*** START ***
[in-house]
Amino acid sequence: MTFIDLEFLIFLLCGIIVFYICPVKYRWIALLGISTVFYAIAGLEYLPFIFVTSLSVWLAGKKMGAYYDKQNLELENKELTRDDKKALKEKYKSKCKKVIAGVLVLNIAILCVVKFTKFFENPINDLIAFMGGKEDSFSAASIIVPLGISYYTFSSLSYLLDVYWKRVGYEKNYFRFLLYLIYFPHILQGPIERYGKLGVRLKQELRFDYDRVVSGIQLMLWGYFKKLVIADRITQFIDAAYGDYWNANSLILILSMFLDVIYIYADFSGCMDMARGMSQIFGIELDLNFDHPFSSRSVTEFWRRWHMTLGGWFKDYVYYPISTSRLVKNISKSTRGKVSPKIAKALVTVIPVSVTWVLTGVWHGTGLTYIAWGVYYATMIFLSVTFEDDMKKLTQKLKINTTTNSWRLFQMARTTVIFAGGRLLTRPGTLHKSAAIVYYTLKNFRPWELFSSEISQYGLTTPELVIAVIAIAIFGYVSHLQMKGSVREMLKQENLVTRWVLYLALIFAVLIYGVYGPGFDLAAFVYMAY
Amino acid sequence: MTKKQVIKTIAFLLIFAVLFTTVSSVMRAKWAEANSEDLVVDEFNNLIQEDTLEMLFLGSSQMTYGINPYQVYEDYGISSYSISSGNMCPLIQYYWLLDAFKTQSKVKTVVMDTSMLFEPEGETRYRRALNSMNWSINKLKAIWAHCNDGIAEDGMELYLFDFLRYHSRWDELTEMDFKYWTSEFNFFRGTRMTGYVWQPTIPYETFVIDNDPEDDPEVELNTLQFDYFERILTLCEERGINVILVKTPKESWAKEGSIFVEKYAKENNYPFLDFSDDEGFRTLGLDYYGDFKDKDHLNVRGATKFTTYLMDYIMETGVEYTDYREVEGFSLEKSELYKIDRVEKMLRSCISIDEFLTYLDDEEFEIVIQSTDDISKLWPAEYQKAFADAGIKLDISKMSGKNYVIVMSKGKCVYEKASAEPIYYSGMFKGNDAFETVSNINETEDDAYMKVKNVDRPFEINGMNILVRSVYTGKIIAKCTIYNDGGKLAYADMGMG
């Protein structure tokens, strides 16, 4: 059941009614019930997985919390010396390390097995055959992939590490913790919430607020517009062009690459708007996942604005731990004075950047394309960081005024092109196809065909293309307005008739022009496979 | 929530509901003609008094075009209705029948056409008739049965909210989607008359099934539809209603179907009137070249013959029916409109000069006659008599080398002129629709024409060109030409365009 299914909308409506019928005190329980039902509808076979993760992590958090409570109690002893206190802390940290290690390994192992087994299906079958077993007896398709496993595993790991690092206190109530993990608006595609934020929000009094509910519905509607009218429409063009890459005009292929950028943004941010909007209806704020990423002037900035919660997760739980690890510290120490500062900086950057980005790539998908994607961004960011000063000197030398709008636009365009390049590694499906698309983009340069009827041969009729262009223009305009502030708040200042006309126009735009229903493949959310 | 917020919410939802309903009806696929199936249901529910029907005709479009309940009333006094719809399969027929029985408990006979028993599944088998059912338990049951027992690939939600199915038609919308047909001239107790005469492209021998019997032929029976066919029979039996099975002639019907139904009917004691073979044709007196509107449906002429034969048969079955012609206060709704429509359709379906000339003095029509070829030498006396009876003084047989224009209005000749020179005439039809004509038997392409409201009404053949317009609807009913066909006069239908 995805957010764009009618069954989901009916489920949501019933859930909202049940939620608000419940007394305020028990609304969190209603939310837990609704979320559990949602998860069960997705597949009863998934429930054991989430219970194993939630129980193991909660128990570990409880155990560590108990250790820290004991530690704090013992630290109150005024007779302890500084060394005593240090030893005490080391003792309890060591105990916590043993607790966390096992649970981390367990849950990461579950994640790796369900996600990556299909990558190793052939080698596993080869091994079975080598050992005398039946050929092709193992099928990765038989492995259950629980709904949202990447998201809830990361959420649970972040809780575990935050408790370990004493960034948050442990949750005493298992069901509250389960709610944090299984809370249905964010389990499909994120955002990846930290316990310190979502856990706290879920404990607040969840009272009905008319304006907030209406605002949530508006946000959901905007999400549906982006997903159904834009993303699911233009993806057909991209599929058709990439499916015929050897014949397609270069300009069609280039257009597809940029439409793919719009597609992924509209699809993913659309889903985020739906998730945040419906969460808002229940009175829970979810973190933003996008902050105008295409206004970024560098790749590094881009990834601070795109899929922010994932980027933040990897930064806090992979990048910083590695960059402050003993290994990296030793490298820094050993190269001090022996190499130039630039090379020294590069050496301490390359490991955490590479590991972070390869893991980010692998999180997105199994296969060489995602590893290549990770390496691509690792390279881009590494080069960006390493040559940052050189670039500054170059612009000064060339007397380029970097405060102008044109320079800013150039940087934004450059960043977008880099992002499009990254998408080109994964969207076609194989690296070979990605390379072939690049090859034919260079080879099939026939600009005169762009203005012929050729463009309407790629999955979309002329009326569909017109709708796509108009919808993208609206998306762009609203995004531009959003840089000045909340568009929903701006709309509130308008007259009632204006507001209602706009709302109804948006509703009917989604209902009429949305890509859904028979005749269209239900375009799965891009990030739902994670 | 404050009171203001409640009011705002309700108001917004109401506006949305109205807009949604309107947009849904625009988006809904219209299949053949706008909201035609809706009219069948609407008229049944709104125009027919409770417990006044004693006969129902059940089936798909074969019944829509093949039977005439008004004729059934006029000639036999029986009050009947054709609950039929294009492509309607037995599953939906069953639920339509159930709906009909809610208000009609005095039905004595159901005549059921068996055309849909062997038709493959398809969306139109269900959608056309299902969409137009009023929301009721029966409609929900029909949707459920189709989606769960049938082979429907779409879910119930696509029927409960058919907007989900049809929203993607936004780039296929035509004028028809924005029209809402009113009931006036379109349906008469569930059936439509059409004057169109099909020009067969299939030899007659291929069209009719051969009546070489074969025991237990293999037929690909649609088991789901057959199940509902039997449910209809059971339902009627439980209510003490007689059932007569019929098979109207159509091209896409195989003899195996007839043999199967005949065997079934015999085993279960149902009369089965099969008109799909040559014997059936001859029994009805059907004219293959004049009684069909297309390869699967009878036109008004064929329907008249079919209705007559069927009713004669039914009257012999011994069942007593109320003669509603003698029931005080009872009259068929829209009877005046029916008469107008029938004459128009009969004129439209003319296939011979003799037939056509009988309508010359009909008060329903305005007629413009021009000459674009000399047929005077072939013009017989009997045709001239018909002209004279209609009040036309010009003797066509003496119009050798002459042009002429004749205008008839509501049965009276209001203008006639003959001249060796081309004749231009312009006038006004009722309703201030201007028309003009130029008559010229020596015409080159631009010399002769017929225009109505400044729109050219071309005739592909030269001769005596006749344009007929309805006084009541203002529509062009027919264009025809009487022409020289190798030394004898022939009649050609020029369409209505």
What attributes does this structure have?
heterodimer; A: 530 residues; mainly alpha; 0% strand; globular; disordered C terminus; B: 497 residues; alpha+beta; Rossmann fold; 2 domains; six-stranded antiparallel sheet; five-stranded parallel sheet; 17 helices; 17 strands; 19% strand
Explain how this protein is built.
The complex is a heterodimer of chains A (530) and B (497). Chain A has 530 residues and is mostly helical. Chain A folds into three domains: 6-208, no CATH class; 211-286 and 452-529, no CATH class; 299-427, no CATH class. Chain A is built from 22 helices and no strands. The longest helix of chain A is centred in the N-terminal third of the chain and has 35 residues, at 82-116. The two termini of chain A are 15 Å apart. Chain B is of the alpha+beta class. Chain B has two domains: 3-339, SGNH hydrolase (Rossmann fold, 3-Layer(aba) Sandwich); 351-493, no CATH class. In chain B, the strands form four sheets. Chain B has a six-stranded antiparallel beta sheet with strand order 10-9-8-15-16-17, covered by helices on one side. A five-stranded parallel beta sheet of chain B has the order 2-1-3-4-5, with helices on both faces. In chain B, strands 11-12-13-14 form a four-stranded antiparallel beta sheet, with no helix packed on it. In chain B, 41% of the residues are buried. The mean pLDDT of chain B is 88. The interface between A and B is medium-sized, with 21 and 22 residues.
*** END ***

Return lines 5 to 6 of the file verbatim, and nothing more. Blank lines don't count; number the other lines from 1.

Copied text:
What attributes does this structure have?
heterodimer; A: 530 residues; mainly alpha; 0% strand; globular; disordered C terminus; B: 497 residues; alpha+beta; Rossmann fold; 2 domains; six-stranded antiparallel sheet; five-stranded parallel sheet; 17 helices; 17 strands; 19% strand